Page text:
Rep. Paul Ryan, R-Wis., is heading back to Iowa.

In a move sure to stoke further buzz that the 2012 Republican nominee for vice president has not completely ruled out a bid for the presidency in 2016, Ryan will headline the Iowa Republican Party's annual Lincoln Dinner on April 11.

"As our party's nominee in 2012, Paul Ryan brought a tremendous amount of new energy to our ticket," said Iowa Republican Party Chairman A.J. Spiker. "As a congressman he's created a conversation about the budget that most in Washington are unwilling to have, and he's a proven leader armed with solutions to expand opportunity for all Americans."

The dinner is a favorite event for Republicans hoping to make political inroads in a state key to winning the party's nomination for president. Sen. Rand Paul, R-Ky., who has made no secret he is mulling a run for the White House, headlined the event last year.

Ryan's interest in running for president is less certain. He is no doubt popular in Iowa: He was the featured guest at Iowa Gov. Terry Branstad's birthday bash in November, and a December Des Moines Register poll showed Ryan leading the potential Republican field for president.

But Ryan, currently the House Budget Committee chairman, is expected to take the reins of the influential Ways and Means Committee when Rep. Dave Camp's term in that role expires.



The Democratic Congressional Campaign Committee, the campaign arm for House Democrats, named 16 candidates to its "Red To Blue" program, which identifies districts in which Democrats have a high chance of winning a seat from a Republican.

“There’s no question — these candidates are on the side of average Americans, and they've shown throughout their careers that they’ll work together to help make the middle class more financially secure and solve our problems — the exact antidote to the flawed priorities of this broken Republican Congress,” said Rep. Steve Israel, the DCCC chairman.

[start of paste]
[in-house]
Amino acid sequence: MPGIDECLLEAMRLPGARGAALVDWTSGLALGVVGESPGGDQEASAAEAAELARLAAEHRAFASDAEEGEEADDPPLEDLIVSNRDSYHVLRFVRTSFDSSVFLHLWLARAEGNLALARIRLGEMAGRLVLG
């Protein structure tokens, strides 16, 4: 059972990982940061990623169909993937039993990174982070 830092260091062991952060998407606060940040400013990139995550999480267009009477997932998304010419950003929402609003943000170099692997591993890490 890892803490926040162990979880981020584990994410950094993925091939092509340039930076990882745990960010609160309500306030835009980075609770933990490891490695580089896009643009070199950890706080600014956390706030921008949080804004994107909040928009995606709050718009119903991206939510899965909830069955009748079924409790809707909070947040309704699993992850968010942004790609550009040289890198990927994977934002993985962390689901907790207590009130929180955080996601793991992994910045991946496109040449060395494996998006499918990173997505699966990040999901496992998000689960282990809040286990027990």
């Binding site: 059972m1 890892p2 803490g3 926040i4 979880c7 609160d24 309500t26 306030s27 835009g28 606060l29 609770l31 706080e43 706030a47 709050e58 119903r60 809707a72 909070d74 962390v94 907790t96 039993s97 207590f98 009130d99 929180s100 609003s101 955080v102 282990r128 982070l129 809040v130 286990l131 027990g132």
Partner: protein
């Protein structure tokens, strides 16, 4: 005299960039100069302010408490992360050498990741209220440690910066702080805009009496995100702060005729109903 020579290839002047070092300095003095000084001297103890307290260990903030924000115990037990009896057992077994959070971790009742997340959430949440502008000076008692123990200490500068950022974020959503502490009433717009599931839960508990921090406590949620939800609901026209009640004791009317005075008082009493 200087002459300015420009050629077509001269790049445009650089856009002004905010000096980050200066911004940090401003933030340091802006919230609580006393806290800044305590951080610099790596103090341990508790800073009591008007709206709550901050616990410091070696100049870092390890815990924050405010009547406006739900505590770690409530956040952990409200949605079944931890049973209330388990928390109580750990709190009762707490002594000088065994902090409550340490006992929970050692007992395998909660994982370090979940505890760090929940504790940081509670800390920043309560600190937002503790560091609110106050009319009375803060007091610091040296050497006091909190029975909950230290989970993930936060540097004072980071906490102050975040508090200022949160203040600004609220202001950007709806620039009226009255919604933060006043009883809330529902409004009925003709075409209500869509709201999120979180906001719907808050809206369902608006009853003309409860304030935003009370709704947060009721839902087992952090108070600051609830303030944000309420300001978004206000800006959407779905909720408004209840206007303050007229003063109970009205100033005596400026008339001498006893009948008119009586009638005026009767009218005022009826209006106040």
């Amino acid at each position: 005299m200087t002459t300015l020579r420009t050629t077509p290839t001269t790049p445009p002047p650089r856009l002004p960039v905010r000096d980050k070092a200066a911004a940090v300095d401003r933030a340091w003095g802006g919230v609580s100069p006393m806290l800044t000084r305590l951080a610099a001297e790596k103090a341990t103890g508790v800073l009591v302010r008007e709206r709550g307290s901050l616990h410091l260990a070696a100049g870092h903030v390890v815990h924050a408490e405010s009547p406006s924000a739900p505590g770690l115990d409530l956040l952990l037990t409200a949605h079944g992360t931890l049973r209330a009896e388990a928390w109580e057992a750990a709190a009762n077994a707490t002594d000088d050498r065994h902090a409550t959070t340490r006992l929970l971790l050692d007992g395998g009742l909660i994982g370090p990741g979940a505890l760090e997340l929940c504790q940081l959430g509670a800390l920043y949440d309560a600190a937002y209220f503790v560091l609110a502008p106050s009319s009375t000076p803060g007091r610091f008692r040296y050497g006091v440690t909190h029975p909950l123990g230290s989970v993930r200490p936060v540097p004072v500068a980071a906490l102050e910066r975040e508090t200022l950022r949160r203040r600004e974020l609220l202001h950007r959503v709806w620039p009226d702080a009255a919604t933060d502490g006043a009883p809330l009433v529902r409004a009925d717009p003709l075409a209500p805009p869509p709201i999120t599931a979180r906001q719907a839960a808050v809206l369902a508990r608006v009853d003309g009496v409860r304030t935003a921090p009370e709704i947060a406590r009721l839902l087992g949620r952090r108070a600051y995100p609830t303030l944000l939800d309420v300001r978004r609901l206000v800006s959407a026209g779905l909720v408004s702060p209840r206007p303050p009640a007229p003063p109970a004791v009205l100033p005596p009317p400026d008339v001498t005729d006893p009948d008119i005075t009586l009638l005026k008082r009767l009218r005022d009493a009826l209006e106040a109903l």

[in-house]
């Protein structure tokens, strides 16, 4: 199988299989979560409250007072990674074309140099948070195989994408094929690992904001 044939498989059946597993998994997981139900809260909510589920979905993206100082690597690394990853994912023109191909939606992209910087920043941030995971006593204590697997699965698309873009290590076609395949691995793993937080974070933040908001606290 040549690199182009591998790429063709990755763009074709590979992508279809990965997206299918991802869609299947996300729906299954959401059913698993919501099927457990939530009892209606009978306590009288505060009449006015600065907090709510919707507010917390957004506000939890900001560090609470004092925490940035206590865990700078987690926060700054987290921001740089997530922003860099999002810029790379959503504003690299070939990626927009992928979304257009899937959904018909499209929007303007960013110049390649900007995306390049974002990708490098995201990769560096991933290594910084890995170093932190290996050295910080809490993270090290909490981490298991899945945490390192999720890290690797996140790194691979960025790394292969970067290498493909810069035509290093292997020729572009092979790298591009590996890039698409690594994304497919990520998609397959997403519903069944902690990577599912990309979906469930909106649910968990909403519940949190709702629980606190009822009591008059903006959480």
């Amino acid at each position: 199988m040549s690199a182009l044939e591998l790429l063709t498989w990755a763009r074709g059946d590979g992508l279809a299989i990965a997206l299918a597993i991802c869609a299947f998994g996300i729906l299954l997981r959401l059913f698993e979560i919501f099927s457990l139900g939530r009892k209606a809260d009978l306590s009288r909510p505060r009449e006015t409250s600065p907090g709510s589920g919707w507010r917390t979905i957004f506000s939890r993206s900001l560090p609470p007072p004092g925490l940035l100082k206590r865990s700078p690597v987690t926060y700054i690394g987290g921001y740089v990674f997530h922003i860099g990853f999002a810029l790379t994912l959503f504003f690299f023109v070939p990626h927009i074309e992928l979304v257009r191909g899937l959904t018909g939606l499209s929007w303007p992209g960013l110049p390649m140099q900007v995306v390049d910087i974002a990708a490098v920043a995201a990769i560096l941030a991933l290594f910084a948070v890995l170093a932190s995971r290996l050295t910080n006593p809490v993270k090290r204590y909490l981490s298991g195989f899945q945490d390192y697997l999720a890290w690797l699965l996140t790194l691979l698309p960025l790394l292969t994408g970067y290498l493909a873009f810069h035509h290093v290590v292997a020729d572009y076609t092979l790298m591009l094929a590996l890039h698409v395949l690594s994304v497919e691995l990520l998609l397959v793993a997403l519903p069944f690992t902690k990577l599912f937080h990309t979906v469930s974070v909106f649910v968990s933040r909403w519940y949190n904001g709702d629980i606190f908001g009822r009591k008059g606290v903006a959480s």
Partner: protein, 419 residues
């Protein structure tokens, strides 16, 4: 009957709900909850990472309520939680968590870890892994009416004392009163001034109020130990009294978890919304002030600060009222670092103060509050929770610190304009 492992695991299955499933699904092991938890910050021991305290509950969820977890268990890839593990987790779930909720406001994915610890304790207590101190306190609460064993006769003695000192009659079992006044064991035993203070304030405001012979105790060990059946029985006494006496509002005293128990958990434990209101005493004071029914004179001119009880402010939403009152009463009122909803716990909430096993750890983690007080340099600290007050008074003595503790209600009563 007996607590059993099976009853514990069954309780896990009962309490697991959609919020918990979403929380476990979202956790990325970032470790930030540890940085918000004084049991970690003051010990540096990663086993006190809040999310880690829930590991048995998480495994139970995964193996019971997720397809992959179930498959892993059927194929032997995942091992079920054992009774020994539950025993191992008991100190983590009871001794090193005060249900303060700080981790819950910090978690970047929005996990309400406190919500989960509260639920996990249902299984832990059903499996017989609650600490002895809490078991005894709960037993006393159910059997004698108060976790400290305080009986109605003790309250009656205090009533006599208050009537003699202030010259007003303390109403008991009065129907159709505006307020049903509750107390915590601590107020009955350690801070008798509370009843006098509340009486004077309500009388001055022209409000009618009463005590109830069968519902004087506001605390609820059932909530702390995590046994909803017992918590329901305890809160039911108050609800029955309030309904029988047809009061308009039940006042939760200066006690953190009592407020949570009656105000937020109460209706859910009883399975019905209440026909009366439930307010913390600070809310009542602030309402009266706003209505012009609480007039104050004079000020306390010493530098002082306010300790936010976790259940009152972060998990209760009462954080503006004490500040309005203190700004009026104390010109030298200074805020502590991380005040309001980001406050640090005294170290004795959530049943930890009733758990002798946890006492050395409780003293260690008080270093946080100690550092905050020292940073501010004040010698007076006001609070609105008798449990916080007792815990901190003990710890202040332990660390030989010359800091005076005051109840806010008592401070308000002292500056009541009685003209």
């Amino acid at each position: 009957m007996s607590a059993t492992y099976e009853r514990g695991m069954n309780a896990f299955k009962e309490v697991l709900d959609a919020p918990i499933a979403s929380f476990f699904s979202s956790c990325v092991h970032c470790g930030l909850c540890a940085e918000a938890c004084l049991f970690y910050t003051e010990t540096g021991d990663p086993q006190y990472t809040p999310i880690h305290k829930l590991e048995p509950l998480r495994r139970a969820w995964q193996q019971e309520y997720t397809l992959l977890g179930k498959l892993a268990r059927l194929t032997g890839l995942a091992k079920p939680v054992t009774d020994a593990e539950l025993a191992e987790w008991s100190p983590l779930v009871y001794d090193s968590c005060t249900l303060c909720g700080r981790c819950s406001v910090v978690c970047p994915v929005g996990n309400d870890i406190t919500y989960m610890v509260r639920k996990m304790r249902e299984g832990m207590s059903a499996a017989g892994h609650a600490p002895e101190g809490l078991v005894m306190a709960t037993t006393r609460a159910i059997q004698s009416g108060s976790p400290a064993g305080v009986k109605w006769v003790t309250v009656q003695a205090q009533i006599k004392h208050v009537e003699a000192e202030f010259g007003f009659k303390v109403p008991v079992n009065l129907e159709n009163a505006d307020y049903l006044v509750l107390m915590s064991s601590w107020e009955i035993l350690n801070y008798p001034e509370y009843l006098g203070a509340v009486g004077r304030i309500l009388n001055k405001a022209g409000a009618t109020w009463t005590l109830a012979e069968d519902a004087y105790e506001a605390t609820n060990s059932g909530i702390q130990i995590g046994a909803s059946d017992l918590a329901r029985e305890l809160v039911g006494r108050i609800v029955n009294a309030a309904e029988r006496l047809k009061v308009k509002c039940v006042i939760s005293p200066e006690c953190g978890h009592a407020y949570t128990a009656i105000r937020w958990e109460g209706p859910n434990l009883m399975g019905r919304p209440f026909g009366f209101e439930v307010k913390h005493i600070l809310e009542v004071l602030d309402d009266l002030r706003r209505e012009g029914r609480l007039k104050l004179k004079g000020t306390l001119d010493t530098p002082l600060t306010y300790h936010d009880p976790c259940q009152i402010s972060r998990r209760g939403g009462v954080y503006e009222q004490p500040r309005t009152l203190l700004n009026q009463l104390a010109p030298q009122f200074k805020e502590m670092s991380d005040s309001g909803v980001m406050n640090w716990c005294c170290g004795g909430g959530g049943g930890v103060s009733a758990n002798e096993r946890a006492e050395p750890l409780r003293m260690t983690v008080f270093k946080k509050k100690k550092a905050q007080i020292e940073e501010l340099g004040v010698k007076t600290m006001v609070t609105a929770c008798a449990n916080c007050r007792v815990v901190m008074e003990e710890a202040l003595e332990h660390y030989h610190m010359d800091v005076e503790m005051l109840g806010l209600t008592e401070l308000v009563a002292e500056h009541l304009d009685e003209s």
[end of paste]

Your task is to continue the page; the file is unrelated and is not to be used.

But were every one of those candidates to win, it wouldn't be enough to take back the House. Democrats need to win 17 seats to gain a majority — a target that appears out of reach in a political climate increasingly favorable to Republicans.

Indeed, Democrats appear to recognize the challenges presented in this midterm election year, and they have publicly tried to manage expectations.

Israel, though, said in an interview that "it's too early to tell" whether a 17-seat pick-up is out of reach.

In addition to its Red to Blue candidates, the DCCC also put three districts without candidates in the program, and another 16 districts to the second tier of competitiveness.

The first round of Red to Blue candidates hail from districts in thirteen states.



The National Republican Senatorial Committee wants you to know Steve Daines, the Republican candidate for Senate in Montana and one of the party's most promising recruits in a high-stakes midterm election year.

“He’s always outside,” Daines’ mother says in a new “behind-the-scenes documentary” produced by the NRSC that is neither behind-the-scenes nor a documentary, technically speaking.

The committee hopes the film — which profiles six Republicans, runs 45 minutes and took more than two months to produce — will show a lighter, positive side of its candidates before Democratic attacks begin in earnest.

“This is our effort to start defining our candidates early and show who they really are,” said NRSC spokesperson Brad Dayspring.

And the NRSC is defining its candidates early with a relentlessly positive, humanizing tone, attempting to avoid some of the pitfalls of former party candidates, such as Mitt Romney, who voters thought to be cold or detached.

The NRSC plans to use the film at house parties nationwide, or show candidate-specific snippets at campaign events.

Viewers are treated to Images of a young Daines fishing and hunting, highlighting his love for the outdoors and Montana.

Other segments feature Michigan Senate candidate Terri Lynn Land, Rep. Bill Cassidy, R-La., who is challenging Democratic Sen. Mary Landrieu; former South Dakota Gov. Mike Rounds, running for an open seat; and Rep. Shelley Moore Capito, R-W.Va.